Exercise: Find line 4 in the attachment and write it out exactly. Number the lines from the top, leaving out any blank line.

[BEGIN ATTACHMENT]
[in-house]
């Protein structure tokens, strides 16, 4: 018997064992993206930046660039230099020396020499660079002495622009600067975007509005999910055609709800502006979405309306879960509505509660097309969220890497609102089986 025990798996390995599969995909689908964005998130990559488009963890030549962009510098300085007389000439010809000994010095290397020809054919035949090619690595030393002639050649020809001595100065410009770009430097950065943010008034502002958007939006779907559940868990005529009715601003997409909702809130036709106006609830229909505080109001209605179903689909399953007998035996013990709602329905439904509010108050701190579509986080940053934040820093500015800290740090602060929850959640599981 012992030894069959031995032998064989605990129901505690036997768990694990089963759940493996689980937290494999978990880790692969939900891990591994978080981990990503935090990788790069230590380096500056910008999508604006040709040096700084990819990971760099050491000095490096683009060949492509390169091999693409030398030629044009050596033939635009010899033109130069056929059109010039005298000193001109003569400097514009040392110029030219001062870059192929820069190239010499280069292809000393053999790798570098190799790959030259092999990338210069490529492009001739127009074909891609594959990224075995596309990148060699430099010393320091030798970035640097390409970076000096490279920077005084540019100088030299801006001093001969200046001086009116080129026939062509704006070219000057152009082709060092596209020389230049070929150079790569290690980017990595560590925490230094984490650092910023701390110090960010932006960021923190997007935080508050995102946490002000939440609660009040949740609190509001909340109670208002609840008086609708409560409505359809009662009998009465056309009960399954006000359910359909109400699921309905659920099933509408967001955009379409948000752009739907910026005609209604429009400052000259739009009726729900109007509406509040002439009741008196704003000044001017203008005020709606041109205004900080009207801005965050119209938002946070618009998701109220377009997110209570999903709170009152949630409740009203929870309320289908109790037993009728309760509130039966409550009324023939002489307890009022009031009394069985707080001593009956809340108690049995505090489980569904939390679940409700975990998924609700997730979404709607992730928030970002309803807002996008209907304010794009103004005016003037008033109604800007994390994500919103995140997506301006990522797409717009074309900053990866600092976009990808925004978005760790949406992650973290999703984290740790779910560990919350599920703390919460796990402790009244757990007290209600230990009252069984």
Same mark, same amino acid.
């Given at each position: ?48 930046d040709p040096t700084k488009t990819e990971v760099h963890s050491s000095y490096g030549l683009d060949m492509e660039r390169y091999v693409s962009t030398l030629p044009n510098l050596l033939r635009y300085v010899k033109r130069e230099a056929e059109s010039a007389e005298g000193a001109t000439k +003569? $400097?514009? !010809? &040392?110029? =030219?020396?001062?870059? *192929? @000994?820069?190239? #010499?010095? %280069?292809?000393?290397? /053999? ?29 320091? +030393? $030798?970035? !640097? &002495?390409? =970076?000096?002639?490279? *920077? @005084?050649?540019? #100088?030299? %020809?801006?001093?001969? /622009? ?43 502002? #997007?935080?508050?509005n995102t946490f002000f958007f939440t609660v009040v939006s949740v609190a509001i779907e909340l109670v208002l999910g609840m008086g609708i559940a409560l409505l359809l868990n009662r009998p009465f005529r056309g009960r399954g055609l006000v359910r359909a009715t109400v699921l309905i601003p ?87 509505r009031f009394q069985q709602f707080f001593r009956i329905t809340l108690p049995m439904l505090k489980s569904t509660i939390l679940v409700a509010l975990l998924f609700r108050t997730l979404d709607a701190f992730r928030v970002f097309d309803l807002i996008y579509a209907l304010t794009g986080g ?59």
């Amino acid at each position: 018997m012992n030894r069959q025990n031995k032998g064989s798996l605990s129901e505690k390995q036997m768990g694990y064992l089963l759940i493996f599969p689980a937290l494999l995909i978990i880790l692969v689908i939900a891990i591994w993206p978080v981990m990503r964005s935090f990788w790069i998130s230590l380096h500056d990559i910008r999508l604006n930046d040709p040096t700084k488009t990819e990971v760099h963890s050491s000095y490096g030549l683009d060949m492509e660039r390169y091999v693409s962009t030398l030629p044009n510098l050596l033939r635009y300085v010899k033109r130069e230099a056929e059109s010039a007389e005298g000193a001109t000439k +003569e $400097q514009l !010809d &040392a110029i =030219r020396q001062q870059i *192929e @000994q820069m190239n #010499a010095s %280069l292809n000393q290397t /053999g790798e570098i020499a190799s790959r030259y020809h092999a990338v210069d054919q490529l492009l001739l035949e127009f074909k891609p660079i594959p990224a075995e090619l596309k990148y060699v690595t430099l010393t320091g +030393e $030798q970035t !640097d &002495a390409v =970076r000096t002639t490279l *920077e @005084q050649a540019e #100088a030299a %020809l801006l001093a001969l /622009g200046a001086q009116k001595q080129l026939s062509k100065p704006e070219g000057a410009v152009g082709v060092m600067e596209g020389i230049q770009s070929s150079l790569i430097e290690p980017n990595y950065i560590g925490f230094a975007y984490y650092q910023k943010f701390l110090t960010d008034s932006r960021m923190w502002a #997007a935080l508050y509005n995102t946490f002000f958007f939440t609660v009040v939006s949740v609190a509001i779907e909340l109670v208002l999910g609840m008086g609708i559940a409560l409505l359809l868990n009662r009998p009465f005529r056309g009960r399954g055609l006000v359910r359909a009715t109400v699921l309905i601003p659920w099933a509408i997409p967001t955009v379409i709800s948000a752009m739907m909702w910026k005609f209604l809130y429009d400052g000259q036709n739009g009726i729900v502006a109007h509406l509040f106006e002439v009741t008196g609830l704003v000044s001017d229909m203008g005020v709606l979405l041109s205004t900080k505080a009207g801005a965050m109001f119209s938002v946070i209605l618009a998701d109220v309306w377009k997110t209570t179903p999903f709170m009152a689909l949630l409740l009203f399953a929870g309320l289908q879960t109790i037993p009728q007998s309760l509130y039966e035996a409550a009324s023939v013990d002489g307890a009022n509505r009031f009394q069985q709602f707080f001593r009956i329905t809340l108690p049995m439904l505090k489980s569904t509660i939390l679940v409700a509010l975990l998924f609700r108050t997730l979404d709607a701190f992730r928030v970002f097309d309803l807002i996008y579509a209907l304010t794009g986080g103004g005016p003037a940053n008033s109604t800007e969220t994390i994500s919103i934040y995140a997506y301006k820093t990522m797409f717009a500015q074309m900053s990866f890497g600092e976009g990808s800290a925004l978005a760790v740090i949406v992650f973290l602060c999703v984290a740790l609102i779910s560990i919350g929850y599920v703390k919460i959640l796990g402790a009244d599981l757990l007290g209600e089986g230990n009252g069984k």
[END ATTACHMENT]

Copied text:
């Given at each position: ?48 930046d040709p040096t700084k488009t990819e990971v760099h963890s050491s000095y490096g030549l683009d060949m492509e660039r390169y091999v693409s962009t030398l030629p044009n510098l050596l033939r635009y300085v010899k033109r130069e230099a056929e059109s010039a007389e005298g000193a001109t000439k +003569? $400097?514009? !010809? &040392?110029? =030219?020396?001062?870059? *192929? @000994?820069?190239? #010499?010095? %280069?292809?000393?290397? /053999? ?29 320091? +030393? $030798?970035? !640097? &002495?390409? =970076?000096?002639?490279? *920077? @005084?050649?540019? #100088?030299? %020809?801006?001093?001969? /622009? ?43 502002? #997007?935080?508050?509005n995102t946490f002000f958007f939440t609660v009040v939006s949740v609190a509001i779907e909340l109670v208002l999910g609840m008086g609708i559940a409560l409505l359809l868990n009662r009998p009465f005529r056309g009960r399954g055609l006000v359910r359909a009715t109400v699921l309905i601003p ?87 509505r009031f009394q069985q709602f707080f001593r009956i329905t809340l108690p049995m439904l505090k489980s569904t509660i939390l679940v409700a509010l975990l998924f609700r108050t997730l979404d709607a701190f992730r928030v970002f097309d309803l807002i996008y579509a209907l304010t794009g986080g ?59």